Performance-wise, the GEEKOM IT12 Mini PC is quite impressive. According to tests I performed on www.pcgamebenchmark.com (although this is not meant as a gaming machine), it is fully capable of running Mojang’s Minecraft, League of Legends, Counter Strike 2, Fortnite, GTA 5, and PUBG Lite. I can confirm with a few tests that it runs most mid- to low-end games. As for massive 3D games and VR with millions of triangles, it’s not really built for that. You CAN play games with a lot of 3D in them, but it’s not going to be a peak experience.

Geekom It12 Minipc Side Sd Card

I tested this hypothesis using the Superposition 3D Benchmarking software, where it managed between 11.22fps and 16.37fps at 1080P with DirectX, which is “okay” but really not great, and with OpenGL, it did a minimum of 8.47fps and max of 12.66fps. This is not a high-end games computer.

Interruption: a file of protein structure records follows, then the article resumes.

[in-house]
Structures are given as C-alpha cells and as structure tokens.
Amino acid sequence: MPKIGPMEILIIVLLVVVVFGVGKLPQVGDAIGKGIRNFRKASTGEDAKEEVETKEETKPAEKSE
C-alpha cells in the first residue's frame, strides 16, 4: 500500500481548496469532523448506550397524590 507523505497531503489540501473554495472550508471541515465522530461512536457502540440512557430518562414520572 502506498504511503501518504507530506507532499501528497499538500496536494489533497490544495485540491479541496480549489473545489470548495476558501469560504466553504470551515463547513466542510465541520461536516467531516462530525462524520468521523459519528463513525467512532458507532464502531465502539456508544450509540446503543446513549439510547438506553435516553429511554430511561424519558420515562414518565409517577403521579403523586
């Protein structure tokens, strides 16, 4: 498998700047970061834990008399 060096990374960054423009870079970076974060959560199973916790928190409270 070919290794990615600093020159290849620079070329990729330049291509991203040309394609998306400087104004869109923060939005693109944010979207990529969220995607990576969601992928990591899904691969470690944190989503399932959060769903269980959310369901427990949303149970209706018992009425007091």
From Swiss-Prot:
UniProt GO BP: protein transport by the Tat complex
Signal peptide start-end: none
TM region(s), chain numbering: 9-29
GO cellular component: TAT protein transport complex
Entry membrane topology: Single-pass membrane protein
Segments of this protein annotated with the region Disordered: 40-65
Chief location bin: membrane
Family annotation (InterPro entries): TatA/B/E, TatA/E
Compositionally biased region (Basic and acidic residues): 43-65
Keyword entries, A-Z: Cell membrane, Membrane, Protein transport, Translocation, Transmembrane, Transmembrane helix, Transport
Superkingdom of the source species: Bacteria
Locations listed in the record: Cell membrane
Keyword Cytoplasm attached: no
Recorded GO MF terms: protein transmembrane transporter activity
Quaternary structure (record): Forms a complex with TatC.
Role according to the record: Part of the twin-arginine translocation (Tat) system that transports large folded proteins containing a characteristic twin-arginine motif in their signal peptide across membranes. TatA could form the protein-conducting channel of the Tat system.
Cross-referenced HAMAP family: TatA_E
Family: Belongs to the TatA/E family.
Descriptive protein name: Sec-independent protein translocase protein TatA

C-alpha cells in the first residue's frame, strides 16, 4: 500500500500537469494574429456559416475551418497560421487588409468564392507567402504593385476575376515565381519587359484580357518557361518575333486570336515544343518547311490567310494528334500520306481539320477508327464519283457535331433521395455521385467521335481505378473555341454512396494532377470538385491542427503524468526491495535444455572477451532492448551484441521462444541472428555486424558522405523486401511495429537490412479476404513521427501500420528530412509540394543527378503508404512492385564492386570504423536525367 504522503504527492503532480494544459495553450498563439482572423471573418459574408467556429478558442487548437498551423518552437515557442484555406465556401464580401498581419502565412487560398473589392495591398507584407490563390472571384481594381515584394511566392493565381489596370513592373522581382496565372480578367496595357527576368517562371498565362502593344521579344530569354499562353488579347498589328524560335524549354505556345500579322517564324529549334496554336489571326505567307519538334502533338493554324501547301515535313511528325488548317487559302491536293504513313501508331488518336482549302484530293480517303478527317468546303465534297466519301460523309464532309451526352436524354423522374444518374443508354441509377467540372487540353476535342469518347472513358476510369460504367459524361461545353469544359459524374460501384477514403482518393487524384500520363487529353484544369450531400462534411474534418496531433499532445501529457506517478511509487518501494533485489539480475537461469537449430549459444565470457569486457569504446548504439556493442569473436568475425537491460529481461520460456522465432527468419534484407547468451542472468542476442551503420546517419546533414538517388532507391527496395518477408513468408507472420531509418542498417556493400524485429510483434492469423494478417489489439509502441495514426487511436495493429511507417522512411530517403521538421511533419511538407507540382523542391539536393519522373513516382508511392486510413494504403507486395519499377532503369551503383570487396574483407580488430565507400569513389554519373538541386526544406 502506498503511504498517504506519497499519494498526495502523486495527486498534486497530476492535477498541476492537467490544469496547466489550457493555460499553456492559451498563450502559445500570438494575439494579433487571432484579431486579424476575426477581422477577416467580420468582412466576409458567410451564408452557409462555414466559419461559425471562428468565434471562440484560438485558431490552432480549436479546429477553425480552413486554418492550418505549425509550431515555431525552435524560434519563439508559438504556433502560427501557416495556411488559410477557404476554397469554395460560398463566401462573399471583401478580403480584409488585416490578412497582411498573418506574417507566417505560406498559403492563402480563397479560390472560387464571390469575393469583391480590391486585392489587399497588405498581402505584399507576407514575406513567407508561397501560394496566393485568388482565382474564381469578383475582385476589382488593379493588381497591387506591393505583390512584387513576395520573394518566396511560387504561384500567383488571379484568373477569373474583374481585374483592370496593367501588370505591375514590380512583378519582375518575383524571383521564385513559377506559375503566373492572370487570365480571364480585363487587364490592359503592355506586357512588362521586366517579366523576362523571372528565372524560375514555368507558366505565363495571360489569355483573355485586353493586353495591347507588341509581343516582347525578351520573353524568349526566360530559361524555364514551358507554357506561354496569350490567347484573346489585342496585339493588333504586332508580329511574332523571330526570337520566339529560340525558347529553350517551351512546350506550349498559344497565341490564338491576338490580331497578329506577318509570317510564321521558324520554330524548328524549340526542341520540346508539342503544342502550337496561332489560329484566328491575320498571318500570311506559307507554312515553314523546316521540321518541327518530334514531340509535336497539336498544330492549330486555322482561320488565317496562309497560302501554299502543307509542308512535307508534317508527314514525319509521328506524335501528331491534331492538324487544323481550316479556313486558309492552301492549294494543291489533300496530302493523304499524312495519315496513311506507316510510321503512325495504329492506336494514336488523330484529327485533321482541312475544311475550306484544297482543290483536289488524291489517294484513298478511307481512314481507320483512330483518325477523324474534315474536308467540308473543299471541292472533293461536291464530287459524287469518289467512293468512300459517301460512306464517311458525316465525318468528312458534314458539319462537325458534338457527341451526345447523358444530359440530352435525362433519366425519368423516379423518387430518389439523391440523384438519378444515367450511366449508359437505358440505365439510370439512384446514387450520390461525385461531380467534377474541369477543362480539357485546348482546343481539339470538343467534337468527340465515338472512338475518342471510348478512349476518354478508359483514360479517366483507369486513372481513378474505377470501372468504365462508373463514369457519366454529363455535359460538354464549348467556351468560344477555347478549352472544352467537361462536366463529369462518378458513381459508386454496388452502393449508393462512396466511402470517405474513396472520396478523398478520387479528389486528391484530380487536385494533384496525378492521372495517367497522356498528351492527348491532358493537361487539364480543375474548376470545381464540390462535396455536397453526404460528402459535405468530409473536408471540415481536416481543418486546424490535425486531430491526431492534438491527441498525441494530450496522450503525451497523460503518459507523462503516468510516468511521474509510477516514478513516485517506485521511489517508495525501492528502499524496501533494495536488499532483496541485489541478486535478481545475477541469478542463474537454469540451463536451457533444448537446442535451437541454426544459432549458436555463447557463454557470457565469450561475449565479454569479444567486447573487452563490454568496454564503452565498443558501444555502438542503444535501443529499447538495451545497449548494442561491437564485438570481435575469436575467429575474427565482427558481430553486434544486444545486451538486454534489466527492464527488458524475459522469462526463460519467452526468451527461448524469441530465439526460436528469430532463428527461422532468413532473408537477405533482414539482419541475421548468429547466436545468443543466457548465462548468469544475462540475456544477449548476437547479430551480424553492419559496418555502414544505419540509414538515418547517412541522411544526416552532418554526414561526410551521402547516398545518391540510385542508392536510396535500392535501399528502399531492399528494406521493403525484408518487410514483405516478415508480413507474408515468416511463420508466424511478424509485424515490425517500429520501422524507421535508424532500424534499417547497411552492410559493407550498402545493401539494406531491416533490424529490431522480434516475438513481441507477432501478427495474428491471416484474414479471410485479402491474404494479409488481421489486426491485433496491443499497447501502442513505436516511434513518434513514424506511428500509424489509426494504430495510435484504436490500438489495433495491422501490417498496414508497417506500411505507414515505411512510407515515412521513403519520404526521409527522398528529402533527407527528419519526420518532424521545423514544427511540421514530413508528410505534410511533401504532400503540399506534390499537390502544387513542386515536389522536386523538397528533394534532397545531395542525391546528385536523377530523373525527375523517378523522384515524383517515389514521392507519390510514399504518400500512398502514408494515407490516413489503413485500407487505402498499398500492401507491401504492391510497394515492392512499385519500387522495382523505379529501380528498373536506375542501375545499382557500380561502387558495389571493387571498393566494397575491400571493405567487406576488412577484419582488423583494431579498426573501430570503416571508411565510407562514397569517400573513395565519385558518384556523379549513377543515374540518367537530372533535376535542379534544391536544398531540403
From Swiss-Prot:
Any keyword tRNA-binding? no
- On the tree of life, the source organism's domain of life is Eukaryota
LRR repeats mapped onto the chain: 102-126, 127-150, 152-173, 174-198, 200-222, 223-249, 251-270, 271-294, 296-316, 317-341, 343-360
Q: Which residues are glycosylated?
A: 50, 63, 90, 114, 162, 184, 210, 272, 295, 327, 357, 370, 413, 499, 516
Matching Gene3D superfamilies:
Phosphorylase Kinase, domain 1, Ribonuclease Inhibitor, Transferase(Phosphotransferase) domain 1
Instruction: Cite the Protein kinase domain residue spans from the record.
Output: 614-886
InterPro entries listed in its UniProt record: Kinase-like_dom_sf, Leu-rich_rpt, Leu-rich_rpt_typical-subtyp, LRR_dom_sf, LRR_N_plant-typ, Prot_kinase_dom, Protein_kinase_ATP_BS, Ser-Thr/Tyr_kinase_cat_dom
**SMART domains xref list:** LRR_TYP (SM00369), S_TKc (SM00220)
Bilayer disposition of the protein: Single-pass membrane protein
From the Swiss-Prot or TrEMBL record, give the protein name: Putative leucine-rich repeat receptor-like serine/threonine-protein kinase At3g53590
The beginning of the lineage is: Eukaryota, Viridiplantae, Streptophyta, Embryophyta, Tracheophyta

The IT12’s superpower is CPU grunt. Cinebench 2024 gives a score of 492 for multi cores, which is a whisker below an Apple M1 chip running at 2.5GHz. Single core score is 98, which is, again, a couple of points shy of the score of an Apple M1 2.5GHz, and surprisingly above an AMD Ryzen 7 at 3.8GHz. That’s the ballpark it’s playing in. That’s quite a lot of bang for your buck.

Geekom It12 Minipc Front

What I was personally very impressed with was the GEEKOM IT12 Mini PC’s performance with video-editing software. Davinci Resolve flies, which I would not have anticipated. And some graphics applications, too. You can run Blender and do some useful work, but rendering is slow. 2D graphics programs like Inkscape run beautifully, however.

One of the biggest pluses for me of the GEEKOM range of mini PCs, is that they are very easy to take apart and upgrade. I’ve always thought of mini PCs as sealed boxes with fixed specifications. The insides of mini PCs have to be, by definition, bespoke, and space is tight, so they have to be really super tied-down and permanent. Not so with the IT12, as you can unscrew it and change your SSD and RAM really easily. It comes apart after undoing just four screws.

Geekom It12 Minipc Top Logo